Health: a human right

Health: a human right

The COVID-19 pandemic has placed immense pressure on already-struggling systems. The release valve lies in solidarity, global access and the shared understanding that health is a basic human right for everyone, everywhere

In September 2019, the heads of state and government convened at the first high-level meeting of the 74th session of the United Nations General Assembly to adopt a landmark political declaration on universal health coverage. World leaders committed to move together to scale up the global effort to build a healthier world for all. They recognised that health is an investment in human capital, social and economic development and the empowerment of all people. Mere months later, it became clear that Sustainable Development Goal 3, to ensure healthy lives and promote well-being for all at all ages, is not a stand-alone goal: it is the foundation of our progress and sustainable development everywhere.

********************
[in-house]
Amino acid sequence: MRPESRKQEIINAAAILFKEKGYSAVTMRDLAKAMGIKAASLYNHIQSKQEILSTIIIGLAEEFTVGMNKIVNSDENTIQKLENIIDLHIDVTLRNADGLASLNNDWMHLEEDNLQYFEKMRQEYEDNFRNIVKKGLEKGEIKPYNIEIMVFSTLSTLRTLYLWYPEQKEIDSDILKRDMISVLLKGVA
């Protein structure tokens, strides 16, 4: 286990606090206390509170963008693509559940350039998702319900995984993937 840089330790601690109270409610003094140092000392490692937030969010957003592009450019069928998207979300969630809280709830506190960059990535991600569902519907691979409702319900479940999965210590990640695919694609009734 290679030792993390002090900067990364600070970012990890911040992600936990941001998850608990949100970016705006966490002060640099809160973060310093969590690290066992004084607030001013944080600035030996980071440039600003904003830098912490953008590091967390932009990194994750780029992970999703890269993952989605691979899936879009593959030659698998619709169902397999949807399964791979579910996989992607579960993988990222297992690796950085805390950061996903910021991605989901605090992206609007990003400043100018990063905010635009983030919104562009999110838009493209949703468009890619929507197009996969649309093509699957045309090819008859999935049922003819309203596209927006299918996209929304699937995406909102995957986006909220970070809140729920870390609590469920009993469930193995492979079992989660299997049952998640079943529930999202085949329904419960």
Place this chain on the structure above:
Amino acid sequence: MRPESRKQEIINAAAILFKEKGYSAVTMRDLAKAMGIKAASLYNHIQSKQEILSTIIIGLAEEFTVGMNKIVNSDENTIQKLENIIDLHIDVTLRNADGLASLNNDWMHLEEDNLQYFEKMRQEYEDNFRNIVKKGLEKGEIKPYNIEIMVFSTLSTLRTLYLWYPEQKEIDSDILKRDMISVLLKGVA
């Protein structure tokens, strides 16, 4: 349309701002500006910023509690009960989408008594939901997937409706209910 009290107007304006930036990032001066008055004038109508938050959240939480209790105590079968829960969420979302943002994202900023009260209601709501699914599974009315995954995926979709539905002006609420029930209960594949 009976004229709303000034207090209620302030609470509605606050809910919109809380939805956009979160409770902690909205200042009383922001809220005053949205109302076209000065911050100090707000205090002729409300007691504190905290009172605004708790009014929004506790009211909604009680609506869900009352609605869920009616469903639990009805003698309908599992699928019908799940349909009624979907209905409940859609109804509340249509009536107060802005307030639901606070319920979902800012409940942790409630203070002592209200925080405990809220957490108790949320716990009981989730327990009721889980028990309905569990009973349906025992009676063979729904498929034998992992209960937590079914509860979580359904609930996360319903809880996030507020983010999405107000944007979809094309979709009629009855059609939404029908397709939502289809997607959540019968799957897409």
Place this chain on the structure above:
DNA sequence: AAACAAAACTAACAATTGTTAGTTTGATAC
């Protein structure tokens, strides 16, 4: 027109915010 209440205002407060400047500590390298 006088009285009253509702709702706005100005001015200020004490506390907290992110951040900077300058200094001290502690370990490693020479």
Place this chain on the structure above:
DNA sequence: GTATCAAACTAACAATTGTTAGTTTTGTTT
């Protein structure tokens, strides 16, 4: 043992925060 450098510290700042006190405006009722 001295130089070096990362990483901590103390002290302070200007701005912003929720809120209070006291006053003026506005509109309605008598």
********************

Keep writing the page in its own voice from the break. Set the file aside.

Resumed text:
The COVID-19 pandemic has placed already tenuous systems under immense strain. It has demonstrated that the health of our interdependent and interconnected world is tied to the health of the most vulnerable person.

At the onset of the global pandemic, UN member states rallied to adopt General Assembly resolutions that called for solidarity and global access to medicines and medical equipment. Upon the advice of the membership, I appointed coordinators to shepherd an omnibus resolution to address all aspects of the response to the pandemic.

Yet more must be done.